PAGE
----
Most of the time, disobedience is a form of rebellion and a lack of respect for people in positions of authority. Reverence for authority starts in the home, where children learn the rewards and consequences of good behavior and bad. I am not talking about reviving an era of stern discipline, such as the use of the belt or the switch. I am referring to parents who allow their children to develop a sense of self so at odds with society that those children cannot conceive of respecting their peers, let alone people in positions of authority. We would all gravitate toward monstrous behavior if no one socialized us. It seems to be our "wild" nature to do so, and only proper nurturing can redirect us. The one thing every child does is have an innate desir to please his parents, perhaps just in the hope of getting attention. This desire must be put to good use. Establishing boundaries and norms and requiring children to stick to those rules to receive approval is essential.
Source: On My Honor, by Gov. Rick Perry, p.141-142 Feb 12, 2008

On Families & Children: Free speech for "Coming Out Day" but not "Family Values"?

Recently in Oakland, California, a group of African American Christian women who are city government employees formed the Good News Employee Association. They defined their group as a "forum for people of Faith to express their views on the issues of the day, with respect for the Natural Family, Marriage and Family Values." They posted their flier on an employee bulletin board after others had used the bulletin board to advertise "gay rights". They asked for formal approval to use the city's employee e-mail system and bulletin board regularly, but were denied on the grounds that their flier would "promote harassment based on sexual orientation." Gay rights advocates employed by the city had used the communication system to promote "Happy Coming Out Day," but the city's bureaucratic overseers deemed the words "marriage" and "family values" unacceptable. This is but one example of efforts to limit free speech and to curb values that have been central to the American experience for many decades.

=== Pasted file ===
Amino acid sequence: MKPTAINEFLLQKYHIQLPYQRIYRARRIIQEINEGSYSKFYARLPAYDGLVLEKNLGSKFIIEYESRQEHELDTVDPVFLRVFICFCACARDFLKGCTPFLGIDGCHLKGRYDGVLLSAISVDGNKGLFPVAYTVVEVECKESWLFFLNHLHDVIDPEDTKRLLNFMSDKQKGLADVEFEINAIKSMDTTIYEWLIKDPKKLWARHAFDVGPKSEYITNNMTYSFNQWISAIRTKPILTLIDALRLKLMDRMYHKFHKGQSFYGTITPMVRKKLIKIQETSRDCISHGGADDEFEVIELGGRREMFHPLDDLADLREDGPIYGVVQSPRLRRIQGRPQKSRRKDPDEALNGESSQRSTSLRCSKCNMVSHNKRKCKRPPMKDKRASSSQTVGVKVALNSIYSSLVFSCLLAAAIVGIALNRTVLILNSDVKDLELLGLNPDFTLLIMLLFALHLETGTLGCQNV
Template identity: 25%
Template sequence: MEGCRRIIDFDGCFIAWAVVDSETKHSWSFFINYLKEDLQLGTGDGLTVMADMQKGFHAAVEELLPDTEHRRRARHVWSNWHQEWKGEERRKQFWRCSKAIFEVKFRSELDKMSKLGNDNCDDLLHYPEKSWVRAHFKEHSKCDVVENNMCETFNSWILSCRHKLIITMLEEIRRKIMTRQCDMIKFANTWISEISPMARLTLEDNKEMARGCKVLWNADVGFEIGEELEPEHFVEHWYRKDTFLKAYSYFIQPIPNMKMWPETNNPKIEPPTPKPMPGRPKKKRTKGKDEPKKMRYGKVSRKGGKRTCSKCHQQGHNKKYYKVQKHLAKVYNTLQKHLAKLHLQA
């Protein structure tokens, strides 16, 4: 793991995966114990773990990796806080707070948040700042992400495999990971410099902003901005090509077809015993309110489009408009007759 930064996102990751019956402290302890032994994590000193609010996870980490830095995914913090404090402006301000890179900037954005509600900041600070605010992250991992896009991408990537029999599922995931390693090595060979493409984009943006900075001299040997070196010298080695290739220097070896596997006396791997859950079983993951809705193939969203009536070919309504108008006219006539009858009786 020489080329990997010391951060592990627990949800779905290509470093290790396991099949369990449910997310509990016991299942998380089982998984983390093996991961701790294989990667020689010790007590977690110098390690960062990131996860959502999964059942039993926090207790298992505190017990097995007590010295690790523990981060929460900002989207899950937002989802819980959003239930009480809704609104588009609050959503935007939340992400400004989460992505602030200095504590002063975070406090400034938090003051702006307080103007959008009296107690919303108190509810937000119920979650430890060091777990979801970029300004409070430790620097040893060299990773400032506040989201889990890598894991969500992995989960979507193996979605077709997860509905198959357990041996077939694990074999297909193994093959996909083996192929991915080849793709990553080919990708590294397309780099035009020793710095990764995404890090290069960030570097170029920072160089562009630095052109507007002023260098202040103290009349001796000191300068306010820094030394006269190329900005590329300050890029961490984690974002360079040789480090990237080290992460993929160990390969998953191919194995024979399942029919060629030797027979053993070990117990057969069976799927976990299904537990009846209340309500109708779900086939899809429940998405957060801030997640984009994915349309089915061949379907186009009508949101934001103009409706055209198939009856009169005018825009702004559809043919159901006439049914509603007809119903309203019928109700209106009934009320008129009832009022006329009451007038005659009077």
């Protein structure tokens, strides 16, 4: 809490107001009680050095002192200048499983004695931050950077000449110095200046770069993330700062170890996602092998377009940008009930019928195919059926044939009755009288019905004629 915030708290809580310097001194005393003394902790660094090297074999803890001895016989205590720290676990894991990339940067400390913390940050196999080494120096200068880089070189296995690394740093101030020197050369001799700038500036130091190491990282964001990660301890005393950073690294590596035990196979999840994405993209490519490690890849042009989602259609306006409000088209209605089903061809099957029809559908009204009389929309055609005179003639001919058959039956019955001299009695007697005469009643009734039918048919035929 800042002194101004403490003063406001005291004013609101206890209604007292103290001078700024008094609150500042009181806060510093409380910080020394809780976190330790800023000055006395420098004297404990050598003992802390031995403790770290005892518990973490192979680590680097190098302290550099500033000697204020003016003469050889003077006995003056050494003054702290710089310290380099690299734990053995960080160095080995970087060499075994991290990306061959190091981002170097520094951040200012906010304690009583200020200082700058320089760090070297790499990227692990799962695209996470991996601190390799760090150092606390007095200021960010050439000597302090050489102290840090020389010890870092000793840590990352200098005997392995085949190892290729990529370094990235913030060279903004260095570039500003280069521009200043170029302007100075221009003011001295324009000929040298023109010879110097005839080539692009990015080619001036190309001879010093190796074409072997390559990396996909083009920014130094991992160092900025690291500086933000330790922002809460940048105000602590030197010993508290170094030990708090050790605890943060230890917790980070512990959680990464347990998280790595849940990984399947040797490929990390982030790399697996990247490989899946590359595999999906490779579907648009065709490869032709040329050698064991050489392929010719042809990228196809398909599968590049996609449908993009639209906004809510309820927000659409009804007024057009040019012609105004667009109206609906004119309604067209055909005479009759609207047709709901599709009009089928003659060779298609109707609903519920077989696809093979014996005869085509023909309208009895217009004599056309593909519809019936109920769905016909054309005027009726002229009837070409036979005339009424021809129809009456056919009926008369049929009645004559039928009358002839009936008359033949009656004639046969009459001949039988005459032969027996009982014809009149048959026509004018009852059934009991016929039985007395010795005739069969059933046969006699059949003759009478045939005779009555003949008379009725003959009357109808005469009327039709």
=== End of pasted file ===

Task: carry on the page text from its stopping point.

Source: On My Honor, by Gov. Rick Perry, p.155-156 Feb 12, 2008

On Government Reform: What's wrong with restricting ex-felons from voting?

The New Jersey chapter of the ACLU sought to throw out state sanctions prohibiting ex-felons from voting, claiming they were being disenfranchised. One of its allies in the fight referred to such voting restrictions "as the last vestige of slavery." The ACLU argued in its suit that because the ex-felon population is disproportionately made up of racial minority members, the voting prohibitions were discriminatory. While I think it is important for society at large to be sensitive to the notion that members of the minority community, even today, are more likely to be targeted for criminal activity, that doesn't mean those convicted of wrongdoing should be given a break. If voting is a privilege, what's wrong with tying it to behavior expected of all American citizens.
Source: On My Honor, by Gov. Rick Perry, p.131-132 Feb 12, 2008

On Homeland Security: 1976: Vietnam-era C-130 pilot in US Air Force

When I got to Texas A&M in 1973, I was not confronted by the student unrest that was gripping campuses in the late 1960s; A&M remained a conservative place dedicated to training military officers. When I graduated, our nation was still embroiled in Vietnam. I received my commission in the Air Force, earned my pilot's wings, and jumped into the co-pilot seat of a C-130. Not fancy flying, like the jet fighters.

In 1976, I was flying a C-130 on tactical airlifts to South America, Europe, and the Middle East as a pilot. As such, I was relearning through international travel that America is unique because Americans understand that freedom is not the same as license, and that it comes with social obligations. One such obligation is to defend freedo with one's life, as I was willing to do and many before me and after me have done. In my case, that calling never took me to the field of battle. I was fortunate. I left the Air Force in 1977 and returned to the family farm and ranch.

Source: On My Honor, by Gov. Rick Perry, p. 8 & 20 Feb 12, 2008

On Homeland Security: 2004: DoD only unofficially supports Boy Scout Jamboree